Romantic Poetry and the Grammar of Weather

By Tess Somervell

In our latest Romantic Climates blog post, Dr Thomas H. Ford (Melbourne) reflects on the statement ‘it is raining’.

In the second edition of the Works of Percy Shelley published in 1839, Mary Shelley included a number of previously unpublished poetic fragments that she had transcribed from a notebook of drafts, notes and drawings originally compiled by Shelley between the spring of 1819 and the spring of 1820. Amongst the fragments she included can be found the following enigmatic short verse:

The fitful alternations of the rain
Which the chill wind, languid as if with pain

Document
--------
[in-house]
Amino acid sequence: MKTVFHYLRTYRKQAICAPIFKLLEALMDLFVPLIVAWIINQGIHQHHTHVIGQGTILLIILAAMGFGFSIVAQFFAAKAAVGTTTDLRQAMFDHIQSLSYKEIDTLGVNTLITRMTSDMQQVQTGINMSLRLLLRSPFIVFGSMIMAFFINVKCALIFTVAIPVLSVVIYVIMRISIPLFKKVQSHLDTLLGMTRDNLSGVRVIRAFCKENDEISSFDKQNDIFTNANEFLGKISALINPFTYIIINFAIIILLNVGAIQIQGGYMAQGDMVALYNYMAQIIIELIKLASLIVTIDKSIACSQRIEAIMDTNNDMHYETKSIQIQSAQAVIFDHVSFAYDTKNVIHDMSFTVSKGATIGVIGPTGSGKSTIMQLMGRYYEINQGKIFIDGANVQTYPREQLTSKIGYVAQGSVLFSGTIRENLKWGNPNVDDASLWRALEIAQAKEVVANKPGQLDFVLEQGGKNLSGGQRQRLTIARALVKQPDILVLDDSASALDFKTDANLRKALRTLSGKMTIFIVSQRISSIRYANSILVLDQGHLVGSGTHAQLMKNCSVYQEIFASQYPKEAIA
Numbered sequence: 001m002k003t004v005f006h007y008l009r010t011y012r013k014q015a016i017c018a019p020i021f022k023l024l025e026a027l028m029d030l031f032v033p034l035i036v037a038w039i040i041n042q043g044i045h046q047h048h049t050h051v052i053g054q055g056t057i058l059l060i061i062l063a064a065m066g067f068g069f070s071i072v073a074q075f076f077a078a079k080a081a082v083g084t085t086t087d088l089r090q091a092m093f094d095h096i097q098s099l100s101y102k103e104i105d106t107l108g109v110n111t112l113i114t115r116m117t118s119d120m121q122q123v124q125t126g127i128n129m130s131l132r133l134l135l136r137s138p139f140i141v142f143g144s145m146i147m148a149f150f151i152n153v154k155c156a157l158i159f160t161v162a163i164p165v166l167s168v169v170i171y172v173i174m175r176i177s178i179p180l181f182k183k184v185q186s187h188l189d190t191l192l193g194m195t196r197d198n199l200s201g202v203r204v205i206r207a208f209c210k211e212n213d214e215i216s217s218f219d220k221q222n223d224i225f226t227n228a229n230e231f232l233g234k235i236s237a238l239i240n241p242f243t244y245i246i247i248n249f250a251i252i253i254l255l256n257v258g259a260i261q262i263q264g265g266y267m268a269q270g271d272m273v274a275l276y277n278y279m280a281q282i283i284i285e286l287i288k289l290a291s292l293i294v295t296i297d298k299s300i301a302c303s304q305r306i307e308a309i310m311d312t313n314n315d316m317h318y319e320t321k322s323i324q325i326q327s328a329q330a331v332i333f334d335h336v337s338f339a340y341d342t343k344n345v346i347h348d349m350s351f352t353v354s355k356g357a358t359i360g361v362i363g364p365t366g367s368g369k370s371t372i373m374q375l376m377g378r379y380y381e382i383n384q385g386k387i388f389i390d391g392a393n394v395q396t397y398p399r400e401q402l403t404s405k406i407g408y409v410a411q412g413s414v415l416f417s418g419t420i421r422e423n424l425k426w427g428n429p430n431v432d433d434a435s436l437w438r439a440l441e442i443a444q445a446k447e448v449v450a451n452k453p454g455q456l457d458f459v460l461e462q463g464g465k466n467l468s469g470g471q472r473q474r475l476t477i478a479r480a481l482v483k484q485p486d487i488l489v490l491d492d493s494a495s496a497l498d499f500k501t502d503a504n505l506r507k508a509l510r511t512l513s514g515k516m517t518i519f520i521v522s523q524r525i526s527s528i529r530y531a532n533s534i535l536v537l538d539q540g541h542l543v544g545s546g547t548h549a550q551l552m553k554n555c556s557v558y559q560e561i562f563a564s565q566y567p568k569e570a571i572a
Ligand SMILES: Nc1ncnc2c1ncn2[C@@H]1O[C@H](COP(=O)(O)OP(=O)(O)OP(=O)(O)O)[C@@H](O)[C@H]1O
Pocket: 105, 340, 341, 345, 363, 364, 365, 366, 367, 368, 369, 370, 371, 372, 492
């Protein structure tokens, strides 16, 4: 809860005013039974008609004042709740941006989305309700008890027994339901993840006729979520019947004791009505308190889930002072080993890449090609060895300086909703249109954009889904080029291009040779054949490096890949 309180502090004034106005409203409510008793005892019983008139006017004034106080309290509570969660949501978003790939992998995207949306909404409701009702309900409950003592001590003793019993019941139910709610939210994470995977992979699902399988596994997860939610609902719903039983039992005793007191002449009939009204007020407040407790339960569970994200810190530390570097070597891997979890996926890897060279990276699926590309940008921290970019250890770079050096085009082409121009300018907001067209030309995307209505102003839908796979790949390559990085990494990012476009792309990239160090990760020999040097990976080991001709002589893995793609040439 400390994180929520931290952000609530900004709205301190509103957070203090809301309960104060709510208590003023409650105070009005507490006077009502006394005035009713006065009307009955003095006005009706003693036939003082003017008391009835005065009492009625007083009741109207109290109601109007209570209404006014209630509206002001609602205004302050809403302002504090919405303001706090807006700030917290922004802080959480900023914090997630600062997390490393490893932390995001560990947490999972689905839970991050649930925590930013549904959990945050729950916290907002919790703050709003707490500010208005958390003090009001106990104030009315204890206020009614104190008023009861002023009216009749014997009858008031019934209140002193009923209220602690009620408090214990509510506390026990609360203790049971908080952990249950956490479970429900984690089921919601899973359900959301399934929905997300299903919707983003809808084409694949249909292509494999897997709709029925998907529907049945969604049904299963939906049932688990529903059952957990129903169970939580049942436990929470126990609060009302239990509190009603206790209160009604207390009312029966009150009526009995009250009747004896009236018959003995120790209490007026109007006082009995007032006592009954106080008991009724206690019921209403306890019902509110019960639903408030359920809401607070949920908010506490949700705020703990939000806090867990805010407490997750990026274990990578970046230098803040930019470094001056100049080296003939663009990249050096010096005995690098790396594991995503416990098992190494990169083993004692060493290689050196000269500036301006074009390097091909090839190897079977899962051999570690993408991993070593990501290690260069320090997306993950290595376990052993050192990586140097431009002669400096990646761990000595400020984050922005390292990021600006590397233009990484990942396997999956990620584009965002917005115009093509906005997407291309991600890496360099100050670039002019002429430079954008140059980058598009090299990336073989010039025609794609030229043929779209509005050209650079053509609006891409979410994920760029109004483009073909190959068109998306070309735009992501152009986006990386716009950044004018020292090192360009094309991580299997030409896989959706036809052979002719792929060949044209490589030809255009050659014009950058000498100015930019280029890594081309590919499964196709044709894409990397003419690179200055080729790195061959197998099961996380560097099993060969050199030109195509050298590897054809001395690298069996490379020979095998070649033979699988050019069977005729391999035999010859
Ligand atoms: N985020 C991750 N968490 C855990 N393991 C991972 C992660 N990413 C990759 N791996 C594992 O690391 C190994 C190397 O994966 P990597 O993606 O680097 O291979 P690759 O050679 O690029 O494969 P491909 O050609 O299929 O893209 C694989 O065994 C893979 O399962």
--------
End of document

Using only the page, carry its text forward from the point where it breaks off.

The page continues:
Of its own heavy moisture, here & there
Drives through the grey & beamless atmosphere

Mary Shelley’s motives for publishing these fragments may be surmised from an editorial note to the first edition of the Works, in which she stated:

In addition to such poems as have an intelligible aim and shape, many a stray idea and transitory emotion found imperfect and abrupt expression, and then again lost themselves in silence… I find many such in his manuscript books, that scarcely bear record; while some of them, broken and vague as they are, will appear valuable to those who love Shelley’s mind, and desire to trace its workings.

Taking Mary Shelley’s comment …read more